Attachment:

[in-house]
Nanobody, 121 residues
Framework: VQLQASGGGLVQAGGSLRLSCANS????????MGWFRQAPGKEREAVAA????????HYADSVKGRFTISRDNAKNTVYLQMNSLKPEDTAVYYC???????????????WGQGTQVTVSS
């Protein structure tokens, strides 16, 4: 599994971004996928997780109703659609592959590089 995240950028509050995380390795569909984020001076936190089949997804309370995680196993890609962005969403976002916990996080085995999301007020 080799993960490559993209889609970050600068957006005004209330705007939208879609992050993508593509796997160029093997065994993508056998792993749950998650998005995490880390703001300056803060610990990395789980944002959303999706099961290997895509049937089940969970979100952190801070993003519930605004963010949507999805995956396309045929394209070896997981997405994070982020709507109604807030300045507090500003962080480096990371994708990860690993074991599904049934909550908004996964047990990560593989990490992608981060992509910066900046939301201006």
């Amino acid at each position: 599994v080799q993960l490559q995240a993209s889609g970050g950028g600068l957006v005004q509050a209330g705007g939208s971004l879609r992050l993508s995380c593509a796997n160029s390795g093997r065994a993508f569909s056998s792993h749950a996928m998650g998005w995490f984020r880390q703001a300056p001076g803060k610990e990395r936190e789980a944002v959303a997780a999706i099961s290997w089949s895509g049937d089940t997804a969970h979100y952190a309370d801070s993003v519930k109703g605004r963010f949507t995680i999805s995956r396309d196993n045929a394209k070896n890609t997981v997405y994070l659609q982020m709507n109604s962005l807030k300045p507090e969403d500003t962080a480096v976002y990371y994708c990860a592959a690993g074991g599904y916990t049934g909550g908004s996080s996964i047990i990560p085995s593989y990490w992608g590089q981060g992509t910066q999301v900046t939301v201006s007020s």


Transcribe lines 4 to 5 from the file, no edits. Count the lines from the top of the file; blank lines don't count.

């Protein structure tokens, strides 16, 4: 599994971004996928997780109703659609592959590089 995240950028509050995380390795569909984020001076936190089949997804309370995680196993890609962005969403976002916990996080085995999301007020 080799993960490559993209889609970050600068957006005004209330705007939208879609992050993508593509796997160029093997065994993508056998792993749950998650998005995490880390703001300056803060610990990395789980944002959303999706099961290997895509049937089940969970979100952190801070993003519930605004963010949507999805995956396309045929394209070896997981997405994070982020709507109604807030300045507090500003962080480096990371994708990860690993074991599904049934909550908004996964047990990560593989990490992608981060992509910066900046939301201006």
């Amino acid at each position: 599994v080799q993960l490559q995240a993209s889609g970050g950028g600068l957006v005004q509050a209330g705007g939208s971004l879609r992050l993508s995380c593509a796997n160029s390795g093997r065994a993508f569909s056998s792993h749950a996928m998650g998005w995490f984020r880390q703001a300056p001076g803060k610990e990395r936190e789980a944002v959303a997780a999706i099961s290997w089949s895509g049937d089940t997804a969970h979100y952190a309370d801070s993003v519930k109703g605004r963010f949507t995680i999805s995956r396309d196993n045929a394209k070896n890609t997981v997405y994070l659609q982020m709507n109604s962005l807030k300045p507090e969403d500003t962080a480096v976002y990371y994708c990860a592959a690993g074991g599904y916990t049934g909550g908004s996080s996964i047990i990560p085995s593989y990490w992608g590089q981060g992509t910066q999301v900046t939301v201006s007020s």